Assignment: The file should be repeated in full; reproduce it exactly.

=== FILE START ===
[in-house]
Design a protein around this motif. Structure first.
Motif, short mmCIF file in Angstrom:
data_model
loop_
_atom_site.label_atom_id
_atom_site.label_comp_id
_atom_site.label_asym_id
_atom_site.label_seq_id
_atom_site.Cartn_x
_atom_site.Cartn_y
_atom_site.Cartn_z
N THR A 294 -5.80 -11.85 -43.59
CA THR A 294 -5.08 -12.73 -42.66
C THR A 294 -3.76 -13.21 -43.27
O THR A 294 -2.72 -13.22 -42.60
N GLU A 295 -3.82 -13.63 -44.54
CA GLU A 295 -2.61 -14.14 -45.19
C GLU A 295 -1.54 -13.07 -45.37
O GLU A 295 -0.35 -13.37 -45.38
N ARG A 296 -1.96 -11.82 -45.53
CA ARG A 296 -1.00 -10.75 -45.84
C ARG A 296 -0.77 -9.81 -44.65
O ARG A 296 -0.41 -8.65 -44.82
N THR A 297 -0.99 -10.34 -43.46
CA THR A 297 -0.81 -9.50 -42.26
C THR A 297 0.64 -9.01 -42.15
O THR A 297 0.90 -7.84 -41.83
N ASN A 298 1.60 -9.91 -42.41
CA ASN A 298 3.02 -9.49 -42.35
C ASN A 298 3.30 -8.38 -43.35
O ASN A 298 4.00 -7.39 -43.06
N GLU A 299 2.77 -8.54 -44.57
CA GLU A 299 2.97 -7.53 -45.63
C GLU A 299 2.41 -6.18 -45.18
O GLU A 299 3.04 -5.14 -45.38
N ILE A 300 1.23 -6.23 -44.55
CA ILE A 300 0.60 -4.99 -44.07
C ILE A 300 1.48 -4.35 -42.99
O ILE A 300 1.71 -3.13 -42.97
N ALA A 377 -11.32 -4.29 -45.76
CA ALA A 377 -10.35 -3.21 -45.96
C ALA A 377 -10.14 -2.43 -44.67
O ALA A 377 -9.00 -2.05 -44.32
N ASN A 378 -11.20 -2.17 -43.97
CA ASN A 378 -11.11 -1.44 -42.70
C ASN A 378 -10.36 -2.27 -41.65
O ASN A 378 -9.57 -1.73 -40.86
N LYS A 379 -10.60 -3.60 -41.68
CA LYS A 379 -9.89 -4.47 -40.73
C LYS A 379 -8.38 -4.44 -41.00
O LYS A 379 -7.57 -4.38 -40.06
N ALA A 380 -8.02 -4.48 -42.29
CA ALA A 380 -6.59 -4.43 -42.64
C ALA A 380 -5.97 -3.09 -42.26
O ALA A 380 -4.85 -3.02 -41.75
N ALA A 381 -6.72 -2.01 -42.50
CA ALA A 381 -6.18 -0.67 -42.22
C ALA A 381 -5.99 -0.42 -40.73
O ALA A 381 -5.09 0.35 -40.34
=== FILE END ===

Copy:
[in-house]
Design a protein around this motif. Structure first.
Motif, short mmCIF file in Angstrom:
data_model
loop_
_atom_site.label_atom_id
_atom_site.label_comp_id
_atom_site.label_asym_id
_atom_site.label_seq_id
_atom_site.Cartn_x
_atom_site.Cartn_y
_atom_site.Cartn_z
N THR A 294 -5.80 -11.85 -43.59
CA THR A 294 -5.08 -12.73 -42.66
C THR A 294 -3.76 -13.21 -43.27
O THR A 294 -2.72 -13.22 -42.60
N GLU A 295 -3.82 -13.63 -44.54
CA GLU A 295 -2.61 -14.14 -45.19
C GLU A 295 -1.54 -13.07 -45.37
O GLU A 295 -0.35 -13.37 -45.38
N ARG A 296 -1.96 -11.82 -45.53
CA ARG A 296 -1.00 -10.75 -45.84
C ARG A 296 -0.77 -9.81 -44.65
O ARG A 296 -0.41 -8.65 -44.82
N THR A 297 -0.99 -10.34 -43.46
CA THR A 297 -0.81 -9.50 -42.26
C THR A 297 0.64 -9.01 -42.15
O THR A 297 0.90 -7.84 -41.83
N ASN A 298 1.60 -9.91 -42.41
CA ASN A 298 3.02 -9.49 -42.35
C ASN A 298 3.30 -8.38 -43.35
O ASN A 298 4.00 -7.39 -43.06
N GLU A 299 2.77 -8.54 -44.57
CA GLU A 299 2.97 -7.53 -45.63
C GLU A 299 2.41 -6.18 -45.18
O GLU A 299 3.04 -5.14 -45.38
N ILE A 300 1.23 -6.23 -44.55
CA ILE A 300 0.60 -4.99 -44.07
C ILE A 300 1.48 -4.35 -42.99
O ILE A 300 1.71 -3.13 -42.97
N ALA A 377 -11.32 -4.29 -45.76
CA ALA A 377 -10.35 -3.21 -45.96
C ALA A 377 -10.14 -2.43 -44.67
O ALA A 377 -9.00 -2.05 -44.32
N ASN A 378 -11.20 -2.17 -43.97
CA ASN A 378 -11.11 -1.44 -42.70
C ASN A 378 -10.36 -2.27 -41.65
O ASN A 378 -9.57 -1.73 -40.86
N LYS A 379 -10.60 -3.60 -41.68
CA LYS A 379 -9.89 -4.47 -40.73
C LYS A 379 -8.38 -4.44 -41.00
O LYS A 379 -7.57 -4.38 -40.06
N ALA A 380 -8.02 -4.48 -42.29
CA ALA A 380 -6.59 -4.43 -42.64
C ALA A 380 -5.97 -3.09 -42.26
O ALA A 380 -4.85 -3.02 -41.75
N ALA A 381 -6.72 -2.01 -42.50
CA ALA A 381 -6.18 -0.67 -42.22
C ALA A 381 -5.99 -0.42 -40.73
O ALA A 381 -5.09 0.35 -40.34